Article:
Taquile has played various roles in the world during its long history. Before the European invasion in the early 16th century, it produced potato seed for the Incan agricultural system. In the 1930s, following a revolution, it became a place of confinement for prestigious political prisoners, including a former Peruvian president.
I worked in Taquile in the late '60s as a Peace Corps volunteer. It was then a remote, forgotten area. But during the past two decades, I have watched the island emerge from its centuries-old obscurity and tranquility to worldwide fame for its textiles and tourism.
Before tourists began to arrive in the late 1960s, the islanders earned their living from farming, seasonal work in copper mines and the sale of their exquisite weavings. The Peace Corps helped them organize a cooperative in 1968 to market weavings in the Peruvian tourist centers of Cuzco and Lima. After several years, the cooperative went under, but sales continued to increase each year. The textiles eventually found their way into craft stores in the United States and Western Europe. Nonetheless, the islanders remained relatively poor.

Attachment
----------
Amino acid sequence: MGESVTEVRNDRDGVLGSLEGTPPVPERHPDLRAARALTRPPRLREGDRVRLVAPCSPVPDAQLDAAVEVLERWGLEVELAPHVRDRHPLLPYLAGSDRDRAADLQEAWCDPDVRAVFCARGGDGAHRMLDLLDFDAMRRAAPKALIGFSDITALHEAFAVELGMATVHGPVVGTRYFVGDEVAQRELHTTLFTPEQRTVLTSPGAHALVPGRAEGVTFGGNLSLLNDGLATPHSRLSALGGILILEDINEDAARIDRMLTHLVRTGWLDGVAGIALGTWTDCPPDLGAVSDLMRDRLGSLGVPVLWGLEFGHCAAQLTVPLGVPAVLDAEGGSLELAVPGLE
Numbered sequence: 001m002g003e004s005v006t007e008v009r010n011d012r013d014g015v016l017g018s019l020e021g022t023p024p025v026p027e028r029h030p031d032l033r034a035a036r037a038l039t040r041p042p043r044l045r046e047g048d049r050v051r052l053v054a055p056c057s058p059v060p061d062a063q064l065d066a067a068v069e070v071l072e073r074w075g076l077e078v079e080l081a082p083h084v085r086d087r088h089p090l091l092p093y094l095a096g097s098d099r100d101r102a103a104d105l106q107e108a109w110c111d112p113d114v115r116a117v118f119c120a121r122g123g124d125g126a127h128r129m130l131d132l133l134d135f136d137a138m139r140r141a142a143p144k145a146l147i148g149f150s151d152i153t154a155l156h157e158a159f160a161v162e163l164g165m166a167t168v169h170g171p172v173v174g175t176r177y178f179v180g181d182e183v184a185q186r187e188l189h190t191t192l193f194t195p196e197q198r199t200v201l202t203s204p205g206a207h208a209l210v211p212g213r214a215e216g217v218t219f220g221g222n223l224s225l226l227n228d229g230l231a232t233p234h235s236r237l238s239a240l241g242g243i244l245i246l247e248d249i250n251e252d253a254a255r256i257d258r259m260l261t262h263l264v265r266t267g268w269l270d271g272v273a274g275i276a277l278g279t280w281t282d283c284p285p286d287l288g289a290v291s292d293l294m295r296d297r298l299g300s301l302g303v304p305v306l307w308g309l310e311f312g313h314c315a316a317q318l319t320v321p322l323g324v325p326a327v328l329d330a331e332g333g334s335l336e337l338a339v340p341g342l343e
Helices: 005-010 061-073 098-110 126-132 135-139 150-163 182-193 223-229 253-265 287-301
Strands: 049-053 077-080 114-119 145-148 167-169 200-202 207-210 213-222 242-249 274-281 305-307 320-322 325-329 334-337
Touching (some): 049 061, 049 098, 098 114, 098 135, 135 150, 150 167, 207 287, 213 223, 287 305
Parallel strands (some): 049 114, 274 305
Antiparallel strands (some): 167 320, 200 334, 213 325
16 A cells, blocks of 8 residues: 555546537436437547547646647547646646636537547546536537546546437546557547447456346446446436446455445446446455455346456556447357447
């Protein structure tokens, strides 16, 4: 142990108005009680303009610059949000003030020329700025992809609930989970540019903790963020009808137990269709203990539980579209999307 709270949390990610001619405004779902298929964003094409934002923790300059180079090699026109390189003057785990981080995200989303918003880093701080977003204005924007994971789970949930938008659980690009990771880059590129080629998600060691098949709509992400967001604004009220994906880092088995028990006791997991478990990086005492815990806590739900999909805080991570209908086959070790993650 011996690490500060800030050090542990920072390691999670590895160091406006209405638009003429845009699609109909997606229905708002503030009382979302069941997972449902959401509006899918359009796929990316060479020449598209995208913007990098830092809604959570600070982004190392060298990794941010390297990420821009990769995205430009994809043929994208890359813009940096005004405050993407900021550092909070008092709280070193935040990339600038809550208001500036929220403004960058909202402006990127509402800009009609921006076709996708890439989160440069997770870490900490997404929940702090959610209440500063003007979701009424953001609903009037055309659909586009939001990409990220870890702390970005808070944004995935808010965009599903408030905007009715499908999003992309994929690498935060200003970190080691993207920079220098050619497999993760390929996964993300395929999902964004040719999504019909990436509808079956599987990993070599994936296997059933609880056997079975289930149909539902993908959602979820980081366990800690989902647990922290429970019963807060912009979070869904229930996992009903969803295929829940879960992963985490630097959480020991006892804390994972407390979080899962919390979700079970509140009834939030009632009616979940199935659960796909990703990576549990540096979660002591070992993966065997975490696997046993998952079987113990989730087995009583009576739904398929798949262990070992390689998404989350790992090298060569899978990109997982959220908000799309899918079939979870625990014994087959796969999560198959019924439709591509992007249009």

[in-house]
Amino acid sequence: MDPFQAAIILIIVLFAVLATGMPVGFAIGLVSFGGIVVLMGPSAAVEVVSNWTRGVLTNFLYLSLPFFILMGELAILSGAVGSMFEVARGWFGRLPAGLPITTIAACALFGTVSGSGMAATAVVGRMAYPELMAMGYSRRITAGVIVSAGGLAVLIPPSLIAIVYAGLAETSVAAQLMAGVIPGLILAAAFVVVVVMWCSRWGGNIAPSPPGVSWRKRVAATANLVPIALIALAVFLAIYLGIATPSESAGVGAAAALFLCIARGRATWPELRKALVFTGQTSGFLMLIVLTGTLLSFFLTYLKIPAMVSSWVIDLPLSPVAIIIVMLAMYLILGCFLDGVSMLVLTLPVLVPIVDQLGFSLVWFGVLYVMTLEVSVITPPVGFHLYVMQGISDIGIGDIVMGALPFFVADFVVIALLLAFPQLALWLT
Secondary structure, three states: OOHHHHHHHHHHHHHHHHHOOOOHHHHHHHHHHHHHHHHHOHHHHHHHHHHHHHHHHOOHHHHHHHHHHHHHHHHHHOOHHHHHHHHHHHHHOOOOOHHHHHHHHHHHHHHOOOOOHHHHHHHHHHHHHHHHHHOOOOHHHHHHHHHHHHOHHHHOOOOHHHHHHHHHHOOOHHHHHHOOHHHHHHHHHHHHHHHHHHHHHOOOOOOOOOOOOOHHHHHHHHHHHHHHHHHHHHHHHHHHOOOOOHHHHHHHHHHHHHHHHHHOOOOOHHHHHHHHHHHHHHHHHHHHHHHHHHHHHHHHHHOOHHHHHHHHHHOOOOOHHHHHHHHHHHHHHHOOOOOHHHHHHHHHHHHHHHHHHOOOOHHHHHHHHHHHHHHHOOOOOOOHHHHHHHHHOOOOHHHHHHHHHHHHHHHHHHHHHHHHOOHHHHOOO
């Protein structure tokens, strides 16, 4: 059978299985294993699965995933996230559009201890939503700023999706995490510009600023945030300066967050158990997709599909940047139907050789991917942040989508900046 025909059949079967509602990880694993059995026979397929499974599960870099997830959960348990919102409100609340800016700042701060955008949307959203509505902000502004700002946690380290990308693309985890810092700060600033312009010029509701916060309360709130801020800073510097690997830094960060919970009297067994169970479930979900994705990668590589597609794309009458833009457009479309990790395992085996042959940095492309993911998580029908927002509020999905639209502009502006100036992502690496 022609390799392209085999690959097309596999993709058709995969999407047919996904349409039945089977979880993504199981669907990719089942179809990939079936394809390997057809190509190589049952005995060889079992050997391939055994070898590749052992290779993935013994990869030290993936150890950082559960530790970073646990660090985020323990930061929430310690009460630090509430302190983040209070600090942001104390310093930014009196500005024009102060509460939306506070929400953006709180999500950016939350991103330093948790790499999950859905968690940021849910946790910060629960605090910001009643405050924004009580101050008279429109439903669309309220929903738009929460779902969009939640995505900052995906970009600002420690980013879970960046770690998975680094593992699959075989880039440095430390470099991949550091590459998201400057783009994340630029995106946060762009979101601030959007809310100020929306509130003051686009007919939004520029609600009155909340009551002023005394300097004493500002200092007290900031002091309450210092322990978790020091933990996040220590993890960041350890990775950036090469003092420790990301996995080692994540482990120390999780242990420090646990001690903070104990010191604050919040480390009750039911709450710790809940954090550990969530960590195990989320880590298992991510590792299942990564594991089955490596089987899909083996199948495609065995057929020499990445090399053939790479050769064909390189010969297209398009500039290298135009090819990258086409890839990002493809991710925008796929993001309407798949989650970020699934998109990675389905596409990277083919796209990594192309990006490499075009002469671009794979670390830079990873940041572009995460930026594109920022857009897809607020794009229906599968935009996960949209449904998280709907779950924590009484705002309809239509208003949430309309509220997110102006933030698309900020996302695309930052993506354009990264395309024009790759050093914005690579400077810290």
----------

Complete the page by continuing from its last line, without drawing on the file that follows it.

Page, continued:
The big change came in 1976, when the "South American Handbook," a popular travel guide, described Taquile. Soon, waves of young tourists began appearing at the dock in the nearest port city, Puno, seeking passage to Taquile. At that time, the only way to reach the island was by a 12-hour night trip, frequently cold and windy. But soon the islanders pooled their meager savings from the textile sales and built new boats outfitted with used truck motors and comfortable cabins.